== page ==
Table of Contents Author Guidelines Submit a Manuscript
Case Reports in Neurological Medicine
Volume 2015 (2015), Article ID 359586, 5 pages
http://dx.doi.org/10.1155/2015/359586
Case Report

STA-MCA Bypass as a “Bridge” to Pituitary Surgery in a Patient with an Adenoma Occluding the Internal Carotid Artery: Case Report and Review of the Literature

1Department of Neuroscience and Surgery of the Nervous System, Papa Giovanni XXIII Hospital, Piazza OMS, Organizzazione Mondiale della Sanità 1, 24127 Bergamo, Italy
2Department of Neuroanesthesiology, Papa Giovanni XXIII Hospital, Piazza OMS, Organizzazione Mondiale della Sanità 1, 24127 Bergamo, Italy

Received 9 August 2015; Accepted 23 August 2015

Academic Editor: Hidetoshi Ikeda

Copyright © 2015 Luigi A. Lanterna et al. This is an open access article distributed under the Creative Commons Attribution License, which permits unrestricted use, distribution, and reproduction in any medium, provided the original work is properly cited.

Abstract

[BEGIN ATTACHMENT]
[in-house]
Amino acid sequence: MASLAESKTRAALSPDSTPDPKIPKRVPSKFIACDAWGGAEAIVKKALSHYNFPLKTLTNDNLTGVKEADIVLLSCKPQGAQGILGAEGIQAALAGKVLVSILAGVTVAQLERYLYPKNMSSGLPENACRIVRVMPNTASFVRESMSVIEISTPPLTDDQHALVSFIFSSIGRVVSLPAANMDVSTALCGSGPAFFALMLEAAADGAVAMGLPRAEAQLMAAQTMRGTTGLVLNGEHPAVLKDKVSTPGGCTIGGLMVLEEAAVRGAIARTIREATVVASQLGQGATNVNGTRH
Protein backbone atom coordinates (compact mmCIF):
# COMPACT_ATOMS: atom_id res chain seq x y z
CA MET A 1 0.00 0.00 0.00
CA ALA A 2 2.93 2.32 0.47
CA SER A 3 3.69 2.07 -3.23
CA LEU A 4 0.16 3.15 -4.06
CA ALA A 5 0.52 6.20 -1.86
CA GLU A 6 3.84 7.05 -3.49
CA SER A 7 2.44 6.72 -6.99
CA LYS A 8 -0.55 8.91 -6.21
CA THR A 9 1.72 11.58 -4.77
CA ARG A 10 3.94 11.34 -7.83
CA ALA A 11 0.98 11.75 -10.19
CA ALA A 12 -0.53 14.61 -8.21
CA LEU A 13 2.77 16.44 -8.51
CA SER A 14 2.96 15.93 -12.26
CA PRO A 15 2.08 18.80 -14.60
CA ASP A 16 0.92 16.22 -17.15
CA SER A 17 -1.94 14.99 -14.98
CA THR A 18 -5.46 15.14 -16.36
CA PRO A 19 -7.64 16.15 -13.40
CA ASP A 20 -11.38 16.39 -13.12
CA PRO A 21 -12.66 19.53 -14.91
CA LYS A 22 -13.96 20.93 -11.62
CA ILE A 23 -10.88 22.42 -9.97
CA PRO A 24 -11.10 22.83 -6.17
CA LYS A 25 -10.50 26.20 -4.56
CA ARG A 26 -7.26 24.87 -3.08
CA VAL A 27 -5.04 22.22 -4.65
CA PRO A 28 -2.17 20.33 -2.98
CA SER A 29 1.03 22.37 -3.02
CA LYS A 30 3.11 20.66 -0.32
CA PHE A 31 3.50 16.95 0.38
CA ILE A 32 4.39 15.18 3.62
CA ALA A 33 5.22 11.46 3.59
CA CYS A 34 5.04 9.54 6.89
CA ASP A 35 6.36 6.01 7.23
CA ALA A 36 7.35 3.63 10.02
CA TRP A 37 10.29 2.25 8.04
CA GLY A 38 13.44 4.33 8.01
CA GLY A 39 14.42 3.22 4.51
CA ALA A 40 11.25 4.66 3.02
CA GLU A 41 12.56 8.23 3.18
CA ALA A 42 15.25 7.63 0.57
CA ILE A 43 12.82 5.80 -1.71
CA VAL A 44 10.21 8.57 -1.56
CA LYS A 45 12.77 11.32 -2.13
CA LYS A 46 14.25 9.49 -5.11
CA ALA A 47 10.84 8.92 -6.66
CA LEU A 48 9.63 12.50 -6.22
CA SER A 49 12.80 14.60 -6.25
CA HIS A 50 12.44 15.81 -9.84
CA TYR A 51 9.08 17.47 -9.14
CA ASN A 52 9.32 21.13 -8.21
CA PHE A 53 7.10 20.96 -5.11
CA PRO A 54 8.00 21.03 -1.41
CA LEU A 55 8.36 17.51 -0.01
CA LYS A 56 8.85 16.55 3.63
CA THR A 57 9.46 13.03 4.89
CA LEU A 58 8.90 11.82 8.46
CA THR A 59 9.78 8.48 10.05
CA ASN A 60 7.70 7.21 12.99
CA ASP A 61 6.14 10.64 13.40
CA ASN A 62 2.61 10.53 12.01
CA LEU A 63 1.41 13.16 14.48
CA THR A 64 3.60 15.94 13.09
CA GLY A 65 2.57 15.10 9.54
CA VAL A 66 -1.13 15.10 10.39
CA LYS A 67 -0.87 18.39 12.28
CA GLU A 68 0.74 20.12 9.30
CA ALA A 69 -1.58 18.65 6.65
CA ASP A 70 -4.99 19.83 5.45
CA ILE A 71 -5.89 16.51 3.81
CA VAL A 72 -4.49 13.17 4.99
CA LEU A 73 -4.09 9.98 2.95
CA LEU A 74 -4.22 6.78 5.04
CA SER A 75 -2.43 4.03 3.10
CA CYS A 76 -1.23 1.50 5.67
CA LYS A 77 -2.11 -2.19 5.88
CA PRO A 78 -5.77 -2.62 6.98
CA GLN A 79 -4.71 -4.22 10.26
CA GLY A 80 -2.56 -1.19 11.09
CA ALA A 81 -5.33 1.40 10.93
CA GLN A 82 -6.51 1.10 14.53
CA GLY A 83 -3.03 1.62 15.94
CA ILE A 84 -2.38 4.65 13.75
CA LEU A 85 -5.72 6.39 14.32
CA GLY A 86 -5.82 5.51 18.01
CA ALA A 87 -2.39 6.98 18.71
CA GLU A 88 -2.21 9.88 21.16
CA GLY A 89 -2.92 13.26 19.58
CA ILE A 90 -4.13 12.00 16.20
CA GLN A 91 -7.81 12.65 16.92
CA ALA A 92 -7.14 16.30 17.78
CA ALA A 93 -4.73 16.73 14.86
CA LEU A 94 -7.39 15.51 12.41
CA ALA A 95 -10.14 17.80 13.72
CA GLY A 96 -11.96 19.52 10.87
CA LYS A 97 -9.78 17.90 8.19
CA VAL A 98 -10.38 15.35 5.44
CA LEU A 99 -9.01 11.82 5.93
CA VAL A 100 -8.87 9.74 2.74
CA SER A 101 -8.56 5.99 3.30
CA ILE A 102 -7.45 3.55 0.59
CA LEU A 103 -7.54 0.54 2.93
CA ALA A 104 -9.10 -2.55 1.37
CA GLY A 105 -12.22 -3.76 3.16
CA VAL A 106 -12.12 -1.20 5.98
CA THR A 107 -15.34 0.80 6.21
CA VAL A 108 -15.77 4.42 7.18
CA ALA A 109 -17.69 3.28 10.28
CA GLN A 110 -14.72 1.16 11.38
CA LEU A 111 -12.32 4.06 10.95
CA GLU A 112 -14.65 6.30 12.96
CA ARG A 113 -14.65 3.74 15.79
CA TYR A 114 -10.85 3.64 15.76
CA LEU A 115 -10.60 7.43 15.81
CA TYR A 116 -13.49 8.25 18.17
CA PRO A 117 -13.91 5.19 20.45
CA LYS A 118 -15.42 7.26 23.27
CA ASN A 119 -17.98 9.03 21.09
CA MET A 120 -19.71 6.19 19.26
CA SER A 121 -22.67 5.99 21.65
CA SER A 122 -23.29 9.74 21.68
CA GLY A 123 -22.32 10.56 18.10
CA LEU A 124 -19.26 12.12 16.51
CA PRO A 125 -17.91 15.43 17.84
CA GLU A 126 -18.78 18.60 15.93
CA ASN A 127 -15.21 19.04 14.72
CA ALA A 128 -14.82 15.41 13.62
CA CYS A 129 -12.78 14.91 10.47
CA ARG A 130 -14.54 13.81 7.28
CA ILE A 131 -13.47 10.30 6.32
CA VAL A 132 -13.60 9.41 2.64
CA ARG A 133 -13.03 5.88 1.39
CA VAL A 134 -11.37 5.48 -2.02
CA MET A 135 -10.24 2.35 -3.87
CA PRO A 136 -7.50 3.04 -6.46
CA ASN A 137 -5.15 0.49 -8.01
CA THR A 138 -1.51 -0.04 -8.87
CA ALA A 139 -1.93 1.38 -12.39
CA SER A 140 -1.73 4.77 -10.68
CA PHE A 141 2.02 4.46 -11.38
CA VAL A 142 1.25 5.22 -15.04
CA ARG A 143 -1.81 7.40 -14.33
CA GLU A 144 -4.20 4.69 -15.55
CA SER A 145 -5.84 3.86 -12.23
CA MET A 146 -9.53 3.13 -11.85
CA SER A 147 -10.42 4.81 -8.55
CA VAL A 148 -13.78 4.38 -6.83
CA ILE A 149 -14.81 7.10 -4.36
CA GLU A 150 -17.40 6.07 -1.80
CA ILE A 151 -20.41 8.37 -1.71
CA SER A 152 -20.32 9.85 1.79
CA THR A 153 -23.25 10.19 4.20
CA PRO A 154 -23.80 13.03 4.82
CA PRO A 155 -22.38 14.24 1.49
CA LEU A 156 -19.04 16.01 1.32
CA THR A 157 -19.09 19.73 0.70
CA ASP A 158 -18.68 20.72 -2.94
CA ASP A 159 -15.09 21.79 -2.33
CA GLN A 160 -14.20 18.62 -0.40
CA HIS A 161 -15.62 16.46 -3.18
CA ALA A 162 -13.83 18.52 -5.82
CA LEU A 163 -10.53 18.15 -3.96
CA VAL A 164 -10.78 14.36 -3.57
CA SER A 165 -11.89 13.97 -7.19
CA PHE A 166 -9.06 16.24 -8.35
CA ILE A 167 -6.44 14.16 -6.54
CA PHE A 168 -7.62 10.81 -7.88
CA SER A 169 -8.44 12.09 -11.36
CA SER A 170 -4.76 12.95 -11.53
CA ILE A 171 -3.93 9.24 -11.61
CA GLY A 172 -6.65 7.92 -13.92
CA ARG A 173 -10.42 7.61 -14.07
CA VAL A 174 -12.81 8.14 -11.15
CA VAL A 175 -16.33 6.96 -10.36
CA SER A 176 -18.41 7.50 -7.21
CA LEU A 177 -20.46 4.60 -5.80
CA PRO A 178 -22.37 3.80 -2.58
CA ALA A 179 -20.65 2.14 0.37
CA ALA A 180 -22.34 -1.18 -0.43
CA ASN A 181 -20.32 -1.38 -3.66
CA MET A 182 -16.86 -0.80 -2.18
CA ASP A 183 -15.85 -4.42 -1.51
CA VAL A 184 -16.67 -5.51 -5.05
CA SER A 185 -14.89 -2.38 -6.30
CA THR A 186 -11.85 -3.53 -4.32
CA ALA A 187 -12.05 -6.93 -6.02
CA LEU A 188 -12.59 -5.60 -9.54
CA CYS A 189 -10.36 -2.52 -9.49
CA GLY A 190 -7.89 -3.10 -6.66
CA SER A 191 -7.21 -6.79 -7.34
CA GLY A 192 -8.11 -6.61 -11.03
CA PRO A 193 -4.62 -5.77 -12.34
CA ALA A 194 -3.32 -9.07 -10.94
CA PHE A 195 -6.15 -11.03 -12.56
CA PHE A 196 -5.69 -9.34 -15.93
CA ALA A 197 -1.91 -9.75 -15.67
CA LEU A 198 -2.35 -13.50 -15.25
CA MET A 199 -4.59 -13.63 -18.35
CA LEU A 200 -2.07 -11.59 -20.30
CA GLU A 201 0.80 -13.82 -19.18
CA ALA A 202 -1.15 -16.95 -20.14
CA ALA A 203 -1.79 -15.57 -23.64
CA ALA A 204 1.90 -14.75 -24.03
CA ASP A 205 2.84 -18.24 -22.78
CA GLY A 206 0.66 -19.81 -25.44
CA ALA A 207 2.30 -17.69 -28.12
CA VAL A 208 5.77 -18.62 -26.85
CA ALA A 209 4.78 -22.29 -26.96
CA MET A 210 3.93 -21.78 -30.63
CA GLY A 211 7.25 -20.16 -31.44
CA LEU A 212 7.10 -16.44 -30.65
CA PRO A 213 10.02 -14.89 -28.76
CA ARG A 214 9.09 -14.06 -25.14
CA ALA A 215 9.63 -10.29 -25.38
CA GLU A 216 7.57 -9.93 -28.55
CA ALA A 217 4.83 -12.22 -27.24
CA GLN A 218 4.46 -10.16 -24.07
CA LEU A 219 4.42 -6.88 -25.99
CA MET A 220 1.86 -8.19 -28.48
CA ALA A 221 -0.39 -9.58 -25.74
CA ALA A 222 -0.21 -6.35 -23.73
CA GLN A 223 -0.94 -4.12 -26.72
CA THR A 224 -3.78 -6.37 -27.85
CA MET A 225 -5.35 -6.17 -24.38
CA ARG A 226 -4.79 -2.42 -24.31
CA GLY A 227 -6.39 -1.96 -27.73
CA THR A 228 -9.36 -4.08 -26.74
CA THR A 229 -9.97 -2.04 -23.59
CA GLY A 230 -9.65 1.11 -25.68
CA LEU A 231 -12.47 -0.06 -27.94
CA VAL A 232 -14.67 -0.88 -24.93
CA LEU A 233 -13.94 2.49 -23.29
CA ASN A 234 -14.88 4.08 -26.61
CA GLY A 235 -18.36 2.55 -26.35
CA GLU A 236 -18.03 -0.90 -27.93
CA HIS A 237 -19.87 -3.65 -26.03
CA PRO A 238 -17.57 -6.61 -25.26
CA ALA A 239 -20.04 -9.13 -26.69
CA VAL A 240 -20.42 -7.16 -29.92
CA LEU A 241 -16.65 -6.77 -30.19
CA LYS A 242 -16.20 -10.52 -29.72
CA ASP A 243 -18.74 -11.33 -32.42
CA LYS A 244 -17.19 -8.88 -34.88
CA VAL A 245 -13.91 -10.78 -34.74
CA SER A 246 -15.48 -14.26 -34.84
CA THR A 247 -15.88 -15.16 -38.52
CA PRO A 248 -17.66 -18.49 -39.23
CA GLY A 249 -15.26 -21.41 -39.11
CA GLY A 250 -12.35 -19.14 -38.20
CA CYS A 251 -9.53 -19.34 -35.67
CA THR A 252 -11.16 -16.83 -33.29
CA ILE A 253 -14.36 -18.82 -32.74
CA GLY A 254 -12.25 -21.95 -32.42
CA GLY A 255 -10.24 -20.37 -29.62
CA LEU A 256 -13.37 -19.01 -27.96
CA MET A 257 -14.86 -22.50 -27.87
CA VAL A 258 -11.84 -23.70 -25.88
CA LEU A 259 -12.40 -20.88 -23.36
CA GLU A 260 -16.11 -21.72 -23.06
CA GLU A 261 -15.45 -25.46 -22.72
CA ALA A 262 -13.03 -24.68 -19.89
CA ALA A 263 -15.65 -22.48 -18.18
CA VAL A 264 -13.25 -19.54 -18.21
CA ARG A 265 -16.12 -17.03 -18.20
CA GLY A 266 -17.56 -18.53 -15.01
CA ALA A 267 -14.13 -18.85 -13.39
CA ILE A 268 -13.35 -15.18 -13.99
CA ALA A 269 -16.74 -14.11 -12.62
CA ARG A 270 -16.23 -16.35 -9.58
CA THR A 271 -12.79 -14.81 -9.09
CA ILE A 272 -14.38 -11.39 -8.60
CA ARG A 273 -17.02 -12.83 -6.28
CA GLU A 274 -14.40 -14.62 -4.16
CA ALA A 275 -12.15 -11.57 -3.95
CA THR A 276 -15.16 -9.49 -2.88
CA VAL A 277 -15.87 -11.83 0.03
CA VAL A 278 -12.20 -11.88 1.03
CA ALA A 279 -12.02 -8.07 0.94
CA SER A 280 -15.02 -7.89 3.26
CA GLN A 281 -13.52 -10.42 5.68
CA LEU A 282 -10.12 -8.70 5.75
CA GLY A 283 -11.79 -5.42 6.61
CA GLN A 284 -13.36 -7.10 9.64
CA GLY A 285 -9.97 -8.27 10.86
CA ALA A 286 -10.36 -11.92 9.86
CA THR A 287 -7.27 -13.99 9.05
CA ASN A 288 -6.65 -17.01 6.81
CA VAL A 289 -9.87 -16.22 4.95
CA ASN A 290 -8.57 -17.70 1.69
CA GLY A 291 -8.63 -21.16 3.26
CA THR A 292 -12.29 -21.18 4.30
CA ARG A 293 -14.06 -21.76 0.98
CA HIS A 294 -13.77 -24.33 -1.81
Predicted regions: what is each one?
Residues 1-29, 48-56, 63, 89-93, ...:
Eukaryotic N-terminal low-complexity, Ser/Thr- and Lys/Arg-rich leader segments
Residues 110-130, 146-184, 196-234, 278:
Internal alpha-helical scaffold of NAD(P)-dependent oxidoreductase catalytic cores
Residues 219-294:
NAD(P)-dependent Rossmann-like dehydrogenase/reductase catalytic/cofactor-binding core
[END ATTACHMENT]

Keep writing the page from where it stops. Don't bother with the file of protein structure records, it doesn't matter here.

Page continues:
Occlusion of the intracranial internal carotid artery (ICA) by a pituitary adenoma with resulting cerebral ischemia is a very rare but devastating occurrence. The authors present a case in which a condition of symptomatic ICA occlusion due to a giant pituitary adenoma was successfully treated using a preliminary extraintracranial bypass as a “bridge” to the tumor removal. A 52-year-old patient presented with a minor stroke followed by pressure-dependent transient ischemic attacks consistent with a condition of hypoperfusion. MR imaging and a digital subtraction angiography revealed a pituitary adenoma occluding the ICA on the right side. He underwent a superficial temporal artery to middle cerebral artery (STA-MCA) bypass with the aim of revascularizing the ischemic hemisphere and reducing the risk of perioperative stroke or stroke evolution. The patient was subsequently operated on to remove the adenoma through a transsphenoidal approach. The postoperative course was uneventful and the patient has suffered no further ischemic events. When there are no emergency indications to decompress the optical pathways but the patient is at risk of impending stroke because of ICA occlusion, a two-step strategy consisting of a bypass and subsequent removal of the pituitary adenoma may be a valuable option.